viernes, 22 de septiembre de 2017

Renewable Energy deployment versus Fossil Fuel phase-out in the power sector: Where to focus?

In this link you can find the full report that I prepared for Greenpeace International in January 2017 about this subject.

Time availability for a climate consistent and sustainable transition limiting global warming to 1.5C is very short. A clear understanding of the dynamics at play is a must to focus social and policy resources.

One of the main dynamics is that of renewable (RES) deployment versus fossil fuel (FF) phase-out, and this report provides additional insight into these dynamics by performing different transition analyses in four countries representative of different transition stages: Spain, Denmark, China and India.

Often, more social focus and resources are allocated to FF phase-out, tough as this analysis shows RES deployment leads the dynamics and holds the key for a successful transition.

A novel filtered trending transition analysis is introduced to provide evidence about RES deployment leading FF phase-out. Different transition phases are illustrated, and the need for RES deployment rates significantly higher than the current ones is pointed out as the only means to navigate the initial and unstable transition phases and avoid a transition reversal.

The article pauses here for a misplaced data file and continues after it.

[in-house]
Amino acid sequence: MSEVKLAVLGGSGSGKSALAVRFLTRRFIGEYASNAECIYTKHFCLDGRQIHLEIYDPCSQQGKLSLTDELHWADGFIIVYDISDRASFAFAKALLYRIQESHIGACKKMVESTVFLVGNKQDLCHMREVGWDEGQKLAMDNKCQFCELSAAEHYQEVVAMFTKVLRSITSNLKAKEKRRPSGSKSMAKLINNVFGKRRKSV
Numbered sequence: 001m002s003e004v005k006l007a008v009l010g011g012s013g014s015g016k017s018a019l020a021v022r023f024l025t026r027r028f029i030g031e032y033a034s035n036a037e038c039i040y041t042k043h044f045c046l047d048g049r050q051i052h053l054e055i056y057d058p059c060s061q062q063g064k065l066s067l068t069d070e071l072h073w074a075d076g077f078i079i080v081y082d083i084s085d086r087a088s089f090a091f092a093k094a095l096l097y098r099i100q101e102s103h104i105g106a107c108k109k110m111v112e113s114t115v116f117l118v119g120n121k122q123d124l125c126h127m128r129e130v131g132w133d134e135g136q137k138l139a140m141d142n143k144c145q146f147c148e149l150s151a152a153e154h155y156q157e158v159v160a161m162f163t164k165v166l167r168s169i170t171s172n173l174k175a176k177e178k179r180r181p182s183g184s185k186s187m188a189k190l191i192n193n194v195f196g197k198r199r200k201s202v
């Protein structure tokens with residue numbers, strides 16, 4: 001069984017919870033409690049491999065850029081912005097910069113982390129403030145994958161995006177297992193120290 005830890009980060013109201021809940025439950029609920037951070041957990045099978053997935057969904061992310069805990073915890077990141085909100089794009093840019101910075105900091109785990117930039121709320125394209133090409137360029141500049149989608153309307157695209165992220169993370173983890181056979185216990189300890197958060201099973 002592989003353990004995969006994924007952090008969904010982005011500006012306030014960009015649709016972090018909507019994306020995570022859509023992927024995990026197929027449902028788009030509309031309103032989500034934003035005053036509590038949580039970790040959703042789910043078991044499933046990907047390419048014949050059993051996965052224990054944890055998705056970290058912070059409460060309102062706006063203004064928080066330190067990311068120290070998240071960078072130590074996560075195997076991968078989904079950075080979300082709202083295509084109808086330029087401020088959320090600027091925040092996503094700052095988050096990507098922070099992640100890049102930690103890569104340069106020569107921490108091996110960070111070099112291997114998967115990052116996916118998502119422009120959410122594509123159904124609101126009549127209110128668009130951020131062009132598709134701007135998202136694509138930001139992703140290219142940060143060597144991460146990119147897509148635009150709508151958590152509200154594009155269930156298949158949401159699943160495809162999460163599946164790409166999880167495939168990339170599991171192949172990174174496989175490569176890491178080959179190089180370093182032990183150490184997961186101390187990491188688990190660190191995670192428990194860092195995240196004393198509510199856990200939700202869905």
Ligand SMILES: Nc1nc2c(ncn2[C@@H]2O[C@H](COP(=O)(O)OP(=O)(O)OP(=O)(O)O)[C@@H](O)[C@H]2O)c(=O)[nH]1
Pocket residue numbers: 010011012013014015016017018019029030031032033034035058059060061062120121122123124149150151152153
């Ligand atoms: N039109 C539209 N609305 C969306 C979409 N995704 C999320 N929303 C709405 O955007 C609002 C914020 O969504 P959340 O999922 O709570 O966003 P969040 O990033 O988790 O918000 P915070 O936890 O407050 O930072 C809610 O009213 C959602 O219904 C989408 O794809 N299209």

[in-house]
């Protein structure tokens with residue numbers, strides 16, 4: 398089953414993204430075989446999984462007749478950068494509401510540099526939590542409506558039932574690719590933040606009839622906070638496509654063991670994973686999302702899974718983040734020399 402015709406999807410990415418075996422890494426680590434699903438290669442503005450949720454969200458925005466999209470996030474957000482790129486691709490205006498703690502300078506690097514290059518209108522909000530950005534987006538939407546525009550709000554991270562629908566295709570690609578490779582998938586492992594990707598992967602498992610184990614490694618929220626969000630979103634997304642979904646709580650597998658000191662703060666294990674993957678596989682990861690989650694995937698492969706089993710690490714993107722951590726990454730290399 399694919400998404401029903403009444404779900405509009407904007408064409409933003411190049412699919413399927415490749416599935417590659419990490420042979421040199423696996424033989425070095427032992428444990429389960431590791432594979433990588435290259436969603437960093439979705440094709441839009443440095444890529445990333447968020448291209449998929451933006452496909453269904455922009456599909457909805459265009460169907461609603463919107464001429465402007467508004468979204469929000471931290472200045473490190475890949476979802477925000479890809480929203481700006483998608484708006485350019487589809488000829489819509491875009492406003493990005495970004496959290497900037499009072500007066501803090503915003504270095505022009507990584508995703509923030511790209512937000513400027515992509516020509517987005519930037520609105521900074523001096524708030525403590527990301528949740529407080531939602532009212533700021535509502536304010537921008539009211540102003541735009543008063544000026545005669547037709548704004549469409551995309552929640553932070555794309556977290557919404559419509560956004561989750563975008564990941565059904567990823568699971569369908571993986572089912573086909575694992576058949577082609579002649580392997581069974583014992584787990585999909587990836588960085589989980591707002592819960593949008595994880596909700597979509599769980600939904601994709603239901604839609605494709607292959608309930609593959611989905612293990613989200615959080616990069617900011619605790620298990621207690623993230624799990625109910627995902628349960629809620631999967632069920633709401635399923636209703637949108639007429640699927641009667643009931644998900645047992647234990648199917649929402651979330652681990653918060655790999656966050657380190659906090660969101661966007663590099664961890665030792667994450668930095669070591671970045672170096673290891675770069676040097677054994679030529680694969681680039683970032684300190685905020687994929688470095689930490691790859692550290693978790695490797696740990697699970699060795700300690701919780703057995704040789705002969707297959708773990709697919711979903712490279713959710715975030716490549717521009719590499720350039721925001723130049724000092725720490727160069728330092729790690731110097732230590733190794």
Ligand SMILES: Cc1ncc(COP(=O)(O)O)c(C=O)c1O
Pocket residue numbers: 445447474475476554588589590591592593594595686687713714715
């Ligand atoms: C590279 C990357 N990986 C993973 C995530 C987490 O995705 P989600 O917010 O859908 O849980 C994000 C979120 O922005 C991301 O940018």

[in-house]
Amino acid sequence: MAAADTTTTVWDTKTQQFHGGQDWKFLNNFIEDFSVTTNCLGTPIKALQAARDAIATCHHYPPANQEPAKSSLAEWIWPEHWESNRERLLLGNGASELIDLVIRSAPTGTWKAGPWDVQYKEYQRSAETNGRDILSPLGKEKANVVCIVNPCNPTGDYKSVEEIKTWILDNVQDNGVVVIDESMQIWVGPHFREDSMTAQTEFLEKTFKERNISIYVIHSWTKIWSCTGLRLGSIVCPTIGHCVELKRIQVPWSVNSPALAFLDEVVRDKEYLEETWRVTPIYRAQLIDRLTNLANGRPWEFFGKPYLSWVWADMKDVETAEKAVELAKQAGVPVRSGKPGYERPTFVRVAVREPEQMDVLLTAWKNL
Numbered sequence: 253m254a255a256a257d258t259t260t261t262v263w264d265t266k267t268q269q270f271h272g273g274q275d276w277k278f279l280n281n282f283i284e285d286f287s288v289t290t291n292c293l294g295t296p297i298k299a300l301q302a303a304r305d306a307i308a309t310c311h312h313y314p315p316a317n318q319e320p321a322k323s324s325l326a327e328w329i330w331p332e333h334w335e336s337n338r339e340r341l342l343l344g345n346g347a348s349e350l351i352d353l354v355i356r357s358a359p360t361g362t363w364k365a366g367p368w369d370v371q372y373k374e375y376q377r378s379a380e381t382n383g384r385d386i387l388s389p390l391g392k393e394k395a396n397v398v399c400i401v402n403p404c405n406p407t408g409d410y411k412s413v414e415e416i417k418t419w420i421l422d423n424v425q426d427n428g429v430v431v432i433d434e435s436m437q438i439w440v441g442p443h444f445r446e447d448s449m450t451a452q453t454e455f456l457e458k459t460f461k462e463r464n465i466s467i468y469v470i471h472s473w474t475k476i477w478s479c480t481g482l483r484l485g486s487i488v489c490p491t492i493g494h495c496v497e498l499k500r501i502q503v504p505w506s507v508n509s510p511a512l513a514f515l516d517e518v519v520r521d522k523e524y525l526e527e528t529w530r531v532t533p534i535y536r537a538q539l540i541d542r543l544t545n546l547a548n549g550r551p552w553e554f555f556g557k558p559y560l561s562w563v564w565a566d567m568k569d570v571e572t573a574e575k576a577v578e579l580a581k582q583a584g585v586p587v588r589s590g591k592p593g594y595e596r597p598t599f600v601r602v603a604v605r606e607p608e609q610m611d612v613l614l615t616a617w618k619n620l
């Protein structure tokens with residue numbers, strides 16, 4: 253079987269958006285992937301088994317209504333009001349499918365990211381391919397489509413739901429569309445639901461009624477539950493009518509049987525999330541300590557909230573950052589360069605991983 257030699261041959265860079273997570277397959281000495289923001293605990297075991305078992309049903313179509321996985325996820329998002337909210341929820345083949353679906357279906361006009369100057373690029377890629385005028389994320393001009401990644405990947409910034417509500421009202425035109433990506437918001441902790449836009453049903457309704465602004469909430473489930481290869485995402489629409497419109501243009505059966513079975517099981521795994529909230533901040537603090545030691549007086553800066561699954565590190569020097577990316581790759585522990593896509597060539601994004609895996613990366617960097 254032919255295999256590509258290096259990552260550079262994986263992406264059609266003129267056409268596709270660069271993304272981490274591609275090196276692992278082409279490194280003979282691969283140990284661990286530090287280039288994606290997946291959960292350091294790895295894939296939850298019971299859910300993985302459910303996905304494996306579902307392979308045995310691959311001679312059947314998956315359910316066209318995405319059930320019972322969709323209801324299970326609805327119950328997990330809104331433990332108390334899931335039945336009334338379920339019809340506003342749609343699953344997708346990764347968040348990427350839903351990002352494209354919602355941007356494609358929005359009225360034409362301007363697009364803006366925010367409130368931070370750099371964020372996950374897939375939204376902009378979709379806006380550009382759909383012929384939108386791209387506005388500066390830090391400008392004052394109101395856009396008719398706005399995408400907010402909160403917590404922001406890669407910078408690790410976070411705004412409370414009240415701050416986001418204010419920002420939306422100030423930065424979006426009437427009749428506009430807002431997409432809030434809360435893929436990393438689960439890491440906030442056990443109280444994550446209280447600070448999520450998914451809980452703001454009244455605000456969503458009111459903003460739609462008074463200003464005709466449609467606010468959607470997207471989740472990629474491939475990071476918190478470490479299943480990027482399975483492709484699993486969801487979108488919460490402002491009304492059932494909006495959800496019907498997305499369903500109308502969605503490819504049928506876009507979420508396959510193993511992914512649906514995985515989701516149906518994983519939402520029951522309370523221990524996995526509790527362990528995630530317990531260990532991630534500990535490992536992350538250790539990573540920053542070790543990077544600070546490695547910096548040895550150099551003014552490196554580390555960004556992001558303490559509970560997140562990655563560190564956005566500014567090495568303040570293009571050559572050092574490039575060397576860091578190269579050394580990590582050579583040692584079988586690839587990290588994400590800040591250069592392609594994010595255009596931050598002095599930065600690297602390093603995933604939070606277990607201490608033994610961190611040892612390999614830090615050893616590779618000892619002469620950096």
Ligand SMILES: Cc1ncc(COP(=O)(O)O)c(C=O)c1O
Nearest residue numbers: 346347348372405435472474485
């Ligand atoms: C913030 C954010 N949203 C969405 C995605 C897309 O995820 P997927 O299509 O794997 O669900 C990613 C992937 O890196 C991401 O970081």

FF overcapacity issues are analysed from a transition perspective to characterise the transition barrier associated to them. Both FF stranded assets analyses and RES curtailment analyses are applied to gain insight into the implications from FF overcapacity issues.

Many countries are already facing or will face FF overcapacity issues as they approach a transition pathway, and RES deployment rates significantly higher from current ones are required to overcome the transition barriers that FF overcapacity deploys.  Often wishful thinking approaches are found when addressing current FF overcapacity issues, but these ignore or underestimate the transition dynamics at play.

Successfully navigating FF overcapacity issues in a transition context would require RES deployment rates significantly higher than the current and  currently planned ones.

Certainly the main message for all these countries and regions that still did not build a significant FF-based power system is to leapfrog FF generation and directly step into RES-based power systems, since that is the only way to avoid all the energy and resources needed to overcome the huge transition barriers associated to FF overcapacity issues.

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